This week, we have a two-part blog diving into the 21st Century Cures Act. Part 1, published Monday, examined the effect of the Cures Act on interoperability and information blocking applied to providers. Today, Part 2 explores how information blocking applies to health IT (HIT) developers.
The topic of information blocking and Electronic Health Records (EHRs) has entered a new chapter with the enactment of the 21st Century Cures Act (Cures Act).
The root cause of information blocking complaints can be difficult to pinpoint. Each case of potential information blocking should be evaluated on its individual merits. The actions performed by various roles in potential information blocking cases can impact the outcome and determination of information blocking cases differently.
The Office of the National Coordinator’s (ONC) report on information blocking outlined examples of information blocking by HIT developers as well as strategies for preventing information blocking. ONC’s report frames the discussion through anecdotal evidence shared to them as complaints from industry stakeholders. These complaints center mostly on business practices of HIT developers related to high fees, using proprietary data formats to lock in customers to a given product or restricting a provider’s ability to use or exchange information within their EHR system (including providers transitioning EHR systems).
ONC notes costs and charges for exchange of information may not necessarily constitute information blocking. It does observe large variations in fees charged, especially where some fees seem to be charged for no reason except to restrict providers into only exchanging health information with organizations that have the same EHR technology or proprietary platforms and networks. ONC also states that each case of potential information blocking must be reviewed on its own merits, and only calls out a few limited scenarios that should be considered information blocking, such as the use of a “kill switch.” A kill switch refers to functionality allowing a HIT developer to prevent a provider’s access and use of their EHR system, such as upon nonpayment of software fees.
Additionally, ONC outlines a government-led strategy on information blocking. This strategy involves education on HIPAA privacy and security issues, creation of rules of the road for fair information exchange, constraint of standards and greater transparency in HIT and EHR options and costs.
The strategy for ONC includes the creation of their Enhanced Oversight and Accountability rule which was finalized last fall and lets ONC and their accrediting bodies conduct surveillance on certified EHR technology (CEHRT) to ensure the CEHRT is providing the functionalities and standards required under ONC’s certification program, especially those related to interoperability. This rule pushes beyond the disclosure statements and previous level of surveillance required by the ONC. If a CEHRT is found to be deficient, it can have its certification suspended or terminated.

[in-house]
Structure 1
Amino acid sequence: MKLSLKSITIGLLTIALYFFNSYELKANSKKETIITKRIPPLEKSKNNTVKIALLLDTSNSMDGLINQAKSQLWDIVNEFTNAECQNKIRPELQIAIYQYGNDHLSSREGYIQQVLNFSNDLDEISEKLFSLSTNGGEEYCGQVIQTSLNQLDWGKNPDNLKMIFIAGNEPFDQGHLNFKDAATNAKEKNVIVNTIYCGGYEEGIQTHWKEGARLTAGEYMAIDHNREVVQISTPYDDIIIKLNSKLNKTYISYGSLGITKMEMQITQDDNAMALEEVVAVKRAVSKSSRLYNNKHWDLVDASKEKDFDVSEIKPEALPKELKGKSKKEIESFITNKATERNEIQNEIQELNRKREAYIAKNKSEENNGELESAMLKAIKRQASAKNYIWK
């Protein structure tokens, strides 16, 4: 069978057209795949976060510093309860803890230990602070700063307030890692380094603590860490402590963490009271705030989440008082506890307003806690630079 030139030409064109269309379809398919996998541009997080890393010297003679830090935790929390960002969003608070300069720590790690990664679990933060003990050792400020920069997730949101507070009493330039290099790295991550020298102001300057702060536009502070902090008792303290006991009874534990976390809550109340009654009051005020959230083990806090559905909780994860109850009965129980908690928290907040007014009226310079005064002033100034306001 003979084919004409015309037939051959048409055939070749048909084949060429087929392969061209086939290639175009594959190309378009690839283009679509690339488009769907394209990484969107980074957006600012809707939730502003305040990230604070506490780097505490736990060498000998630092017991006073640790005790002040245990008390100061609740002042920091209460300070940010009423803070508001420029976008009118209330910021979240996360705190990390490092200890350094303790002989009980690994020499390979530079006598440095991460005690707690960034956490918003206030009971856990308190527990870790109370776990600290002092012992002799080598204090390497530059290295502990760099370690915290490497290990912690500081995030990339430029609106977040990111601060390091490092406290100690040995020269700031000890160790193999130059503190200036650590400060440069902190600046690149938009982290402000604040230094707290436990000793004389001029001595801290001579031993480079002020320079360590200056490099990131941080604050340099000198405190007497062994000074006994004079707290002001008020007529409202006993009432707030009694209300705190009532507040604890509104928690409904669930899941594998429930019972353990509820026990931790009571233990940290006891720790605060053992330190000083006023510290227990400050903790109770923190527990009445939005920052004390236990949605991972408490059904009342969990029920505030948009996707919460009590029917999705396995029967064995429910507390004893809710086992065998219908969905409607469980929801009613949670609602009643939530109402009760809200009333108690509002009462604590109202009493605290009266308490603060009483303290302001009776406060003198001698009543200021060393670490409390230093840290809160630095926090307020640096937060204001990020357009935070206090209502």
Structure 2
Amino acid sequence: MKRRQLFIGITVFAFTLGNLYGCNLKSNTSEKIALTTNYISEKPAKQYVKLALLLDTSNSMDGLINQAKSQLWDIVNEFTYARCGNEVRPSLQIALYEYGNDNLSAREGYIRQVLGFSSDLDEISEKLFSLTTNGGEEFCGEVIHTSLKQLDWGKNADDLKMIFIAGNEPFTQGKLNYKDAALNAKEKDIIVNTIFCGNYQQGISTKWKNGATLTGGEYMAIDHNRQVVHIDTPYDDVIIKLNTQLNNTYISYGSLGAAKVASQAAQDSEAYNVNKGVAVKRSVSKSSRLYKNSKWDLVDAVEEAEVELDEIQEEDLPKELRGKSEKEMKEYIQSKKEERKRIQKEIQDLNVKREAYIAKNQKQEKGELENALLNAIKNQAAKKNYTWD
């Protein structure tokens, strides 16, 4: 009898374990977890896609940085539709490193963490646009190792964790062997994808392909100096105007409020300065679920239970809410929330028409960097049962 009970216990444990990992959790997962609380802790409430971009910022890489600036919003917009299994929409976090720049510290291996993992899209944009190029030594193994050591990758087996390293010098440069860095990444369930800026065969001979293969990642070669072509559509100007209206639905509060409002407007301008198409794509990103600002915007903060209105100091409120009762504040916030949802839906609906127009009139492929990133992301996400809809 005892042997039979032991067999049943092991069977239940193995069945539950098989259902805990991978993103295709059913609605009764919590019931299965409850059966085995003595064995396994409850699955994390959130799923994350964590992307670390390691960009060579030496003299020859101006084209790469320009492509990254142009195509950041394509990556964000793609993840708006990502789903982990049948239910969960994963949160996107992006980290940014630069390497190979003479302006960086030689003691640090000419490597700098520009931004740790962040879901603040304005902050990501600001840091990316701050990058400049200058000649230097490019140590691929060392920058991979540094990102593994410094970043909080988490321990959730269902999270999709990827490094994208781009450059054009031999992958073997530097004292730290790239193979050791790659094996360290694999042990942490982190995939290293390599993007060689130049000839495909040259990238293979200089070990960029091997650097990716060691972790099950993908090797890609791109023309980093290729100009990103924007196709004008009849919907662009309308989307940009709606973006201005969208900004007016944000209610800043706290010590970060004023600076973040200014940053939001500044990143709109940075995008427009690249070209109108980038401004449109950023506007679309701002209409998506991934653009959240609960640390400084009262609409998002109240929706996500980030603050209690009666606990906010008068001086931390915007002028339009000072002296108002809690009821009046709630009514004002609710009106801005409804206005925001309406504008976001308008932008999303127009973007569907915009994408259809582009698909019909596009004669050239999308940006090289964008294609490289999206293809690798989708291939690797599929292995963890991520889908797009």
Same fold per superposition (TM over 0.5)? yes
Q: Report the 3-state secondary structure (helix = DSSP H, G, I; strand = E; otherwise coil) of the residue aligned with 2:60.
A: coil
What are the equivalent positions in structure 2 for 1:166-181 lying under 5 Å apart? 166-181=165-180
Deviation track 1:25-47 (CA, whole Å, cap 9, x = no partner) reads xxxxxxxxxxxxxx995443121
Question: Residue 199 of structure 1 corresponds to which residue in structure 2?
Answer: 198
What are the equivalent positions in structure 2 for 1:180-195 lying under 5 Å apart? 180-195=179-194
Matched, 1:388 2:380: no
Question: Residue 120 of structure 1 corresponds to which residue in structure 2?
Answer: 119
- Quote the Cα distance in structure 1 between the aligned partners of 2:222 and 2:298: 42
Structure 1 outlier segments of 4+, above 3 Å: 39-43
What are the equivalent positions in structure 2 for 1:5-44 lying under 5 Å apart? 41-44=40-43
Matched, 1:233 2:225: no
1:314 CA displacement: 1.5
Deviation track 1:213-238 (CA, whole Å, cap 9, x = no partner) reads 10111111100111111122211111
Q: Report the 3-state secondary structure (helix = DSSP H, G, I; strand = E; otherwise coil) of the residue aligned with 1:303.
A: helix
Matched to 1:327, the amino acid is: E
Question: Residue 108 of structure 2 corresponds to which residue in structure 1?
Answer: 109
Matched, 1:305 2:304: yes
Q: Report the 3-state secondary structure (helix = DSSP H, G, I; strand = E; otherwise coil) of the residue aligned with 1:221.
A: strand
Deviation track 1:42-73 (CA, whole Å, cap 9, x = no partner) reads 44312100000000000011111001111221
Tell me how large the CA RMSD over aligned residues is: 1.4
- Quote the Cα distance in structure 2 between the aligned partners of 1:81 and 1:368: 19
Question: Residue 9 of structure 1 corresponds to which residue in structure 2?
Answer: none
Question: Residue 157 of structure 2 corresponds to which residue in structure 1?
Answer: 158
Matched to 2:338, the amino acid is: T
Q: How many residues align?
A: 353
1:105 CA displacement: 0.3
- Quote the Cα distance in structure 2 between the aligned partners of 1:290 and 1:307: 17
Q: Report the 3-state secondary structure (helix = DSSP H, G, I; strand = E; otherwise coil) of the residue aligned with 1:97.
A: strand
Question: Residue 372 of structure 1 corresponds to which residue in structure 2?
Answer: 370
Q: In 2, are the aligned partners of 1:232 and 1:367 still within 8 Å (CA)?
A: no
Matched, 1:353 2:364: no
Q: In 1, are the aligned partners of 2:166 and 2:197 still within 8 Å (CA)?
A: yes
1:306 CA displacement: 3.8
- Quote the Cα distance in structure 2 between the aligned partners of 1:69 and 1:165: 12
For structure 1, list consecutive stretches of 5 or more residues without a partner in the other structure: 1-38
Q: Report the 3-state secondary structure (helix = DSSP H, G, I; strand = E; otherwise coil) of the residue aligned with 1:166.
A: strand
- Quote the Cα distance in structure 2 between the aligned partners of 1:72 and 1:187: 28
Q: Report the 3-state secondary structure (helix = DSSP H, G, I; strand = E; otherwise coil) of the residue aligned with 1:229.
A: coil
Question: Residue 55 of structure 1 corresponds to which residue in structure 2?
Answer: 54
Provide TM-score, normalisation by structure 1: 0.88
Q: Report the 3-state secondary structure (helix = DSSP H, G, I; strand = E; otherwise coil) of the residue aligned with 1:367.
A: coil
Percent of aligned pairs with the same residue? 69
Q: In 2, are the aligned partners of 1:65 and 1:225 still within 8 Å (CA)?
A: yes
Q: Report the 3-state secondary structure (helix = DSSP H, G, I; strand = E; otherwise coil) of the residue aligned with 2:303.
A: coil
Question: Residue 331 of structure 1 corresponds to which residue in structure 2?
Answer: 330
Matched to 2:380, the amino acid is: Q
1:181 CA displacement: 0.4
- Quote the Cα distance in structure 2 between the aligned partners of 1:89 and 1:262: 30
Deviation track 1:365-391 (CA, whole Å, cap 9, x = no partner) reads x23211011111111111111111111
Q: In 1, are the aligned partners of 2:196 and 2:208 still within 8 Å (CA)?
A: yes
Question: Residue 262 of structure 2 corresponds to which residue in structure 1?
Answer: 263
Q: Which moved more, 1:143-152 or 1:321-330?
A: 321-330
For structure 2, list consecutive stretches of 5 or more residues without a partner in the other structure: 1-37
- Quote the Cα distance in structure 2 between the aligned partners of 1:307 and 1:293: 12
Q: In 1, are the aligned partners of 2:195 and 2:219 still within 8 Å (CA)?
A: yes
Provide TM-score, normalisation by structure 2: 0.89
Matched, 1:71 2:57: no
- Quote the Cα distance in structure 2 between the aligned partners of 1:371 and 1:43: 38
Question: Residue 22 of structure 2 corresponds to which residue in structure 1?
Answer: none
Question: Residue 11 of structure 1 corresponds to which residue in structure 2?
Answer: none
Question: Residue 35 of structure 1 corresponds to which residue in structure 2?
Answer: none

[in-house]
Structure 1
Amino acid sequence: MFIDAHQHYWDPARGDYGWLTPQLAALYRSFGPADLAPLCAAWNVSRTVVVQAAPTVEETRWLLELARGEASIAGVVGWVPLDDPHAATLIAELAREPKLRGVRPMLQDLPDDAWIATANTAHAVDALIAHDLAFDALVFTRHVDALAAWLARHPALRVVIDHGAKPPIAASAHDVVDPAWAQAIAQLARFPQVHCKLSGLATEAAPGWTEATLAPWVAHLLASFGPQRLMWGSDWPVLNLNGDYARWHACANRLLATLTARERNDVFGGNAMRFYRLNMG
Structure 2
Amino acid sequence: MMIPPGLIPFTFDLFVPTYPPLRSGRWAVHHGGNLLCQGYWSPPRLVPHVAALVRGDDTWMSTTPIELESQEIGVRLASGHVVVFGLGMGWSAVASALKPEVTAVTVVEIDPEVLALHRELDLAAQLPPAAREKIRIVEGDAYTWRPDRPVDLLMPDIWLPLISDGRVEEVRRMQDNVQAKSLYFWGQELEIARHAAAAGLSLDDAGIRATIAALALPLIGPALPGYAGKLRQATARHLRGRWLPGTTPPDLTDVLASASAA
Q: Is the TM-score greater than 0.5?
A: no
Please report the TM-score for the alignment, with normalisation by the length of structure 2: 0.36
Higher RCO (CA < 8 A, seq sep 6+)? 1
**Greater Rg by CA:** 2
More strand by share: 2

Enacted in December 2016, the Cures Act defines information blocking conducted by a HIT developer as a practice the HIT developer knows or should know “is likely to interfere with, prevent, or materially discourage access, exchange, or use of electronic health information.”
This places the standard for HIT developers at a higher bar than that of providers because a HIT developer is not required to have full knowledge of a practice interfering with access, exchange or use of health information. This presents some level of due diligence for the HIT developer to investigate and review potential issues to determine if they may rise to the level of information blocking.
The Cures Act grants the Office of the Inspector General (OIG) authority to investigate claims of information blocking or falsely attesting to the conditions of certification. OIG has the authority to penalize HIT developers found to be information blocking up to $1 million per violation.
The Cures Act is still fresh, and we are still awaiting regulatory guidance, such as practices that may be excluded from the definition of information blocking. The Cures Act requires the secretary of the Department of Health and Human Services to issue regulations clarifying reasonable and necessary activities which would not be included in the definition of information blocking as outlined by the Cures Act. The OIG has not yet made public the results of any reviews nor applied any penalties, but they do have the green light to advance their enforcement role. The HIT developer market will also likely react as information blocking cases are resolved.
Developments in and around information blocking affect the health care industry at all levels: HIT developers need to know the new requirements and address compliance, and patients should be aware of these requirements to better understand the rights they have pertaining to their electronic health information. Finally, providers need to be aware of these requirements, as they can impact business and access to health information. HIT industry leaders can keep an eye on developments involving information blocking by monitoring CEHRT implementations and understanding the requirements.
How will you stay ahead of the curve with new regulatory requirements? Count on Cerner to lead you through the future of regulatory compliance. Learn more here.